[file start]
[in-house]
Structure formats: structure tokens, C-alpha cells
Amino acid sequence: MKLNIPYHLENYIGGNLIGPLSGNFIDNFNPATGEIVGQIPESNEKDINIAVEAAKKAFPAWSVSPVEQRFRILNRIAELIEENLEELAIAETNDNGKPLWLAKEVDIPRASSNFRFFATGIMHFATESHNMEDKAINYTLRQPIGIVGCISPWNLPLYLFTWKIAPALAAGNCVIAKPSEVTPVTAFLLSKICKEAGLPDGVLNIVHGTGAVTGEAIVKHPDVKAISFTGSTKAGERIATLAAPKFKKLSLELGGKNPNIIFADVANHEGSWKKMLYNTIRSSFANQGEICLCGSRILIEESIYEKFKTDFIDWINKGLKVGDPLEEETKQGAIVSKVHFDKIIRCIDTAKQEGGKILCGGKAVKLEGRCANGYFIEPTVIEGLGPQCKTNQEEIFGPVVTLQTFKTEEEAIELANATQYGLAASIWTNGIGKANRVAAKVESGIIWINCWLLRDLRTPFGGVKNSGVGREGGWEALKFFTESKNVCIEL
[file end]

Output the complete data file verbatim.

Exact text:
[in-house]
Structure formats: structure tokens, C-alpha cells
Amino acid sequence: MKLNIPYHLENYIGGNLIGPLSGNFIDNFNPATGEIVGQIPESNEKDINIAVEAAKKAFPAWSVSPVEQRFRILNRIAELIEENLEELAIAETNDNGKPLWLAKEVDIPRASSNFRFFATGIMHFATESHNMEDKAINYTLRQPIGIVGCISPWNLPLYLFTWKIAPALAAGNCVIAKPSEVTPVTAFLLSKICKEAGLPDGVLNIVHGTGAVTGEAIVKHPDVKAISFTGSTKAGERIATLAAPKFKKLSLELGGKNPNIIFADVANHEGSWKKMLYNTIRSSFANQGEICLCGSRILIEESIYEKFKTDFIDWINKGLKVGDPLEEETKQGAIVSKVHFDKIIRCIDTAKQEGGKILCGGKAVKLEGRCANGYFIEPTVIEGLGPQCKTNQEEIFGPVVTLQTFKTEEEAIELANATQYGLAASIWTNGIGKANRVAAKVESGIIWINCWLLRDLRTPFGGVKNSGVGREGGWEALKFFTESKNVCIEL